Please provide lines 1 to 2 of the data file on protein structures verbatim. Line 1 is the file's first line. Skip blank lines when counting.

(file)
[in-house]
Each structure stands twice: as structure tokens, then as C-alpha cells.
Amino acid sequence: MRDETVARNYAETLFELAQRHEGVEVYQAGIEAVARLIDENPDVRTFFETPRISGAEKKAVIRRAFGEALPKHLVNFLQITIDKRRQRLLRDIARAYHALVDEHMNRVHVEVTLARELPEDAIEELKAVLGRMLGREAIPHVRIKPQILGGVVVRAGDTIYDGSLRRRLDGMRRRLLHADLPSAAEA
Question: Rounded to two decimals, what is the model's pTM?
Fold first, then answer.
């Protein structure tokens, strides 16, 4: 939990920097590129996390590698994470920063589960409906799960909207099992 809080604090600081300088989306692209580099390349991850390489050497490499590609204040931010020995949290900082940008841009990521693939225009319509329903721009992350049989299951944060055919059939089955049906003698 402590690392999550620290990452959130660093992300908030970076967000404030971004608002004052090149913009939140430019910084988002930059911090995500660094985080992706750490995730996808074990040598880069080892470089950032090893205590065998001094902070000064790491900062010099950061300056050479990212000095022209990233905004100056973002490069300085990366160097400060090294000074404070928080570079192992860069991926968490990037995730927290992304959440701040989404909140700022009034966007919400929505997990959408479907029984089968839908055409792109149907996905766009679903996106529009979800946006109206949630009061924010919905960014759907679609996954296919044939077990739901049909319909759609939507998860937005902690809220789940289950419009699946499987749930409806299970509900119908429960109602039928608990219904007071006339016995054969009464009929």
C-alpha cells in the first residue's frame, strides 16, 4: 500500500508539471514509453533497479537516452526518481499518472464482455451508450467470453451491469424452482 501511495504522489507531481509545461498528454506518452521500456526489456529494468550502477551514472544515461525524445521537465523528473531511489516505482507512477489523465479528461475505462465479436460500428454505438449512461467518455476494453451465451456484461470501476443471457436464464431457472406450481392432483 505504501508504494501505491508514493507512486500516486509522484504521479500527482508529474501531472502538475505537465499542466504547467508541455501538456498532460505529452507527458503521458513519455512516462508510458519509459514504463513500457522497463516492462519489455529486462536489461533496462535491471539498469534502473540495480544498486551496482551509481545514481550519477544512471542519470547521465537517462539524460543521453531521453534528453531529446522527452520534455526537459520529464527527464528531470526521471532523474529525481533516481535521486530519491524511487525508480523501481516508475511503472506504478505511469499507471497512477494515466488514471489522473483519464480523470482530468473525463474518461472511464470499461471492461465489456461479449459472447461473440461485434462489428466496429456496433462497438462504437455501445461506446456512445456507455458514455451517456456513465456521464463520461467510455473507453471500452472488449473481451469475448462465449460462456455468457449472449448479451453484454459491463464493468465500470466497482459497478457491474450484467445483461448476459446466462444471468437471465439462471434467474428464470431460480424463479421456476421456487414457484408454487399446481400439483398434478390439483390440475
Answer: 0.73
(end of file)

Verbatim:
[in-house]
Each structure stands twice: as structure tokens, then as C-alpha cells.